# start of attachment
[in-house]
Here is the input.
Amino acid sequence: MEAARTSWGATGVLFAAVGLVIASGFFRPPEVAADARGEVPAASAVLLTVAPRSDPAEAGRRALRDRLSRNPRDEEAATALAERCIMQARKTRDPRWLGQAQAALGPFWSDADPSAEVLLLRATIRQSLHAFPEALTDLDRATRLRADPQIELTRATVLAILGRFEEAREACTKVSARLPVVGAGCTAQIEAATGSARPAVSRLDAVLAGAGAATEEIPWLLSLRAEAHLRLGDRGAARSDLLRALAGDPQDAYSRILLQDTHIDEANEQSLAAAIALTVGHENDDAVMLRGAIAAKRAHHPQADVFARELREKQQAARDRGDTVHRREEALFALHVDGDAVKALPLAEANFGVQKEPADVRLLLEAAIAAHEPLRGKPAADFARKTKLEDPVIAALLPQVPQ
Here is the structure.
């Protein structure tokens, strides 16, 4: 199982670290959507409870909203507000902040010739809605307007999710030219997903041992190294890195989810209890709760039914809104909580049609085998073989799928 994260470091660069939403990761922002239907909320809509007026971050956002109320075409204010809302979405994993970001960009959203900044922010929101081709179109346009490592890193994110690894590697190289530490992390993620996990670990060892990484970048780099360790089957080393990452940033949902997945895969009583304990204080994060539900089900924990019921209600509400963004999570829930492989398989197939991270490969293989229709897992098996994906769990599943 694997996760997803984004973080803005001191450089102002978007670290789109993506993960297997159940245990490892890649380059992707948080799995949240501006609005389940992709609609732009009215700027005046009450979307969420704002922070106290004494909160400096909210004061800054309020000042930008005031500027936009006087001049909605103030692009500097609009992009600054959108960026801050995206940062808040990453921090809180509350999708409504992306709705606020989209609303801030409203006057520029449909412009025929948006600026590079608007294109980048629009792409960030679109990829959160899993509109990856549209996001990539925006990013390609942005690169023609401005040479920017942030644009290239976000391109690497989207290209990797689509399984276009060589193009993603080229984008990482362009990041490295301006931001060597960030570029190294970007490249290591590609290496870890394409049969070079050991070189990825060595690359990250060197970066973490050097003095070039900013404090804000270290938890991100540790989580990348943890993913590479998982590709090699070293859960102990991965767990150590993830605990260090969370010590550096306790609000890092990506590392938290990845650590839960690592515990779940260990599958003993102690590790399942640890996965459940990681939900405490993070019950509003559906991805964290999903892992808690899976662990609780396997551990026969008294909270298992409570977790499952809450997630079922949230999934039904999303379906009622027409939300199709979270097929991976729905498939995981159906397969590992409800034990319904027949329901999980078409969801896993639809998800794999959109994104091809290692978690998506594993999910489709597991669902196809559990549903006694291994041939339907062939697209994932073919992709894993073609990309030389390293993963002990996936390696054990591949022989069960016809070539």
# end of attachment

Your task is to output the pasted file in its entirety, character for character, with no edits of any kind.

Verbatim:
[in-house]
Here is the input.
Amino acid sequence: MEAARTSWGATGVLFAAVGLVIASGFFRPPEVAADARGEVPAASAVLLTVAPRSDPAEAGRRALRDRLSRNPRDEEAATALAERCIMQARKTRDPRWLGQAQAALGPFWSDADPSAEVLLLRATIRQSLHAFPEALTDLDRATRLRADPQIELTRATVLAILGRFEEAREACTKVSARLPVVGAGCTAQIEAATGSARPAVSRLDAVLAGAGAATEEIPWLLSLRAEAHLRLGDRGAARSDLLRALAGDPQDAYSRILLQDTHIDEANEQSLAAAIALTVGHENDDAVMLRGAIAAKRAHHPQADVFARELREKQQAARDRGDTVHRREEALFALHVDGDAVKALPLAEANFGVQKEPADVRLLLEAAIAAHEPLRGKPAADFARKTKLEDPVIAALLPQVPQ
Here is the structure.
């Protein structure tokens, strides 16, 4: 199982670290959507409870909203507000902040010739809605307007999710030219997903041992190294890195989810209890709760039914809104909580049609085998073989799928 994260470091660069939403990761922002239907909320809509007026971050956002109320075409204010809302979405994993970001960009959203900044922010929101081709179109346009490592890193994110690894590697190289530490992390993620996990670990060892990484970048780099360790089957080393990452940033949902997945895969009583304990204080994060539900089900924990019921209600509400963004999570829930492989398989197939991270490969293989229709897992098996994906769990599943 694997996760997803984004973080803005001191450089102002978007670290789109993506993960297997159940245990490892890649380059992707948080799995949240501006609005389940992709609609732009009215700027005046009450979307969420704002922070106290004494909160400096909210004061800054309020000042930008005031500027936009006087001049909605103030692009500097609009992009600054959108960026801050995206940062808040990453921090809180509350999708409504992306709705606020989209609303801030409203006057520029449909412009025929948006600026590079608007294109980048629009792409960030679109990829959160899993509109990856549209996001990539925006990013390609942005690169023609401005040479920017942030644009290239976000391109690497989207290209990797689509399984276009060589193009993603080229984008990482362009990041490295301006931001060597960030570029190294970007490249290591590609290496870890394409049969070079050991070189990825060595690359990250060197970066973490050097003095070039900013404090804000270290938890991100540790989580990348943890993913590479998982590709090699070293859960102990991965767990150590993830605990260090969370010590550096306790609000890092990506590392938290990845650590839960690592515990779940260990599958003993102690590790399942640890996965459940990681939900405490993070019950509003559906991805964290999903892992808690899976662990609780396997551990026969008294909270298992409570977790499952809450997630079922949230999934039904999303379906009622027409939300199709979270097929991976729905498939995981159906397969590992409800034990319904027949329901999980078409969801896993639809998800794999959109994104091809290692978690998506594993999910489709597991669902196809559990549903006694291994041939339907062939697209994932073919992709894993073609990309030389390293993963002990996936390696054990591949022989069960016809070539």